Crucial meeting on future of Notting HIll Carnival TONIGHT amid motion for relocation to Hyde Park due to ‘unsustainable’ violence marred the year’s celebration

Violence Overshadows Celebration A meeting is set to take place tonight to discuss the future of the Notting Hill Carnival, following disturbing levels of violence during this year’s event. Police arrested 308 individuals over the two-day carnival in West London on August 27 and 28. The violence included eight individuals being stabbed, and at least 75 officers assaulted. The incidents also involved shocking scenes of individuals brandishing weapons, such as a foot-long machete and a zombie knife. This year’s carnival recorded the highest number of stabbings since 2016, and it has sparked a debate about the event’s location.

Calls for Relocation In the wake of the escalating violence, there are growing calls for the Notting Hill Carnival to be moved to a different location, potentially Hyde Park. Policing Minister Chris Philp has expressed his willingness to consider relocating the carnival if recommended by the Metropolitan Police. The debate over relocation is fueled by concerns that the narrow streets of Notting Hill pose challenges for policing.

Resident’s Meeting Organizers, the Carnival Village Trust, are holding a post-event residents’ meeting to gather feedback on the carnival. This meeting, scheduled for tonight from 6.30pm to 8pm, will be attended by representatives from the Metropolitan Police, Westminster Council, and Kensington and Chelsea Council. It is expected that discussions will revolve around the possibility of relocating the event to a more manageable location for policing.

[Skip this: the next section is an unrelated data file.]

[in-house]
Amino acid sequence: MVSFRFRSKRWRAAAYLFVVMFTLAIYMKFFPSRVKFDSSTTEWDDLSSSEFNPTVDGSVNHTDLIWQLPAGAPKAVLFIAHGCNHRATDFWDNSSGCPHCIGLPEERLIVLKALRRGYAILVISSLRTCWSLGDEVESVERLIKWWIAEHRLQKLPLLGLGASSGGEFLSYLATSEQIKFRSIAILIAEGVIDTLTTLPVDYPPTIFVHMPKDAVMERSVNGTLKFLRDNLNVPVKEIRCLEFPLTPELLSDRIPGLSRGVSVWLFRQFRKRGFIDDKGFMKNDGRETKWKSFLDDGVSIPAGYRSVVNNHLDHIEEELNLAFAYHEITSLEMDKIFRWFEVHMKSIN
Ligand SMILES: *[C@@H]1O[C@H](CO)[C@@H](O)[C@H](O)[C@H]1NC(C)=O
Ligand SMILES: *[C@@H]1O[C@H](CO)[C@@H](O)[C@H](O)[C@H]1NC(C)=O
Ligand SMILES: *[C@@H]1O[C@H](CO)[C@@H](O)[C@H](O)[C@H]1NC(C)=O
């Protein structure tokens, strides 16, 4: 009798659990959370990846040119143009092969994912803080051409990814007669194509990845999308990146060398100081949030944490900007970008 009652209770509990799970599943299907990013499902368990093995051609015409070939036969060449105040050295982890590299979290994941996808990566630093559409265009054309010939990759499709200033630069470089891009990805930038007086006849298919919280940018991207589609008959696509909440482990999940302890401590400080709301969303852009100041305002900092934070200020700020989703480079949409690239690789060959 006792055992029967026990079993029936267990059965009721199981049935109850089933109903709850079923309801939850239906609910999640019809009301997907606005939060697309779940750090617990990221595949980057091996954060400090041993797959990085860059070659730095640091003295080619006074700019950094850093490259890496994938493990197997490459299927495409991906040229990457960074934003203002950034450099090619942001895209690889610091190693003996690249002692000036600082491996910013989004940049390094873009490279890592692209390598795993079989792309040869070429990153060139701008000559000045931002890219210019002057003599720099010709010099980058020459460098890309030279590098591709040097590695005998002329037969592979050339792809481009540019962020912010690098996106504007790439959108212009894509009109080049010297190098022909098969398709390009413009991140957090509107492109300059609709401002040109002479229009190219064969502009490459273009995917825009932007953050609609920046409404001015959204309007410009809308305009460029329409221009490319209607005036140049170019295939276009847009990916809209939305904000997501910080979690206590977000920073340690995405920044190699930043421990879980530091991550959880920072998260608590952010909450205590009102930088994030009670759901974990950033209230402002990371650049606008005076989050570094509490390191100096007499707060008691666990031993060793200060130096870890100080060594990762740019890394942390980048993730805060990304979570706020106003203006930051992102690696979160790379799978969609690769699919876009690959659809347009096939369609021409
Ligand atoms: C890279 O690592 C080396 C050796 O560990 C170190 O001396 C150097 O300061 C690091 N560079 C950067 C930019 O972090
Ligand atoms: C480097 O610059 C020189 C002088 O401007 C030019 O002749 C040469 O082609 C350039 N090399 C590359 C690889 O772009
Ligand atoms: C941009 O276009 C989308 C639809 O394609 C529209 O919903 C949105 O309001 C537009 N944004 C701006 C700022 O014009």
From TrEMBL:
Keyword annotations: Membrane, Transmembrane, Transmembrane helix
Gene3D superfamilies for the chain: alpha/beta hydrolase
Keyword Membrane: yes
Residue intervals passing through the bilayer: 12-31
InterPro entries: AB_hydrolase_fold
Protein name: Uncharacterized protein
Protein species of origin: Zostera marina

History and Opposition The Notting Hill Carnival has been held on the streets of Notting Hill annually since 1966, with exceptions in 2020 and 2021 due to the pandemic. In the past, there have been suggestions to move the carnival’s starting point to Hyde Park, but these proposals faced significant opposition.

Reaction and Nitrous Oxide Ban Susan Hall, a Conservative candidate in the 2024 London mayoral election, has labeled the carnival as “dangerous” and supported the idea of relocation. The Metropolitan Police Federation has also echoed the calls for relocation, citing the escalating violence as “unsustainable.” It’s noteworthy that the carnival has seen a total of 5,319 arrests over the past 20 years, with this year’s 308 arrests marking a 47 percent increase compared to the previous year.

The issue of nitrous oxide misuse at the carnival has also come under scrutiny. Waste crews involved in the carnival cleanup estimated collecting 13 tonnes of nitrous oxide canisters from the streets. This has led to a new law that will make laughing gas illegal by the end of the year, with users facing potential prison sentences.

The debate over the Notting Hill Carnival’s future location continues to raise important questions about balancing cultural celebrations with public safety concerns.

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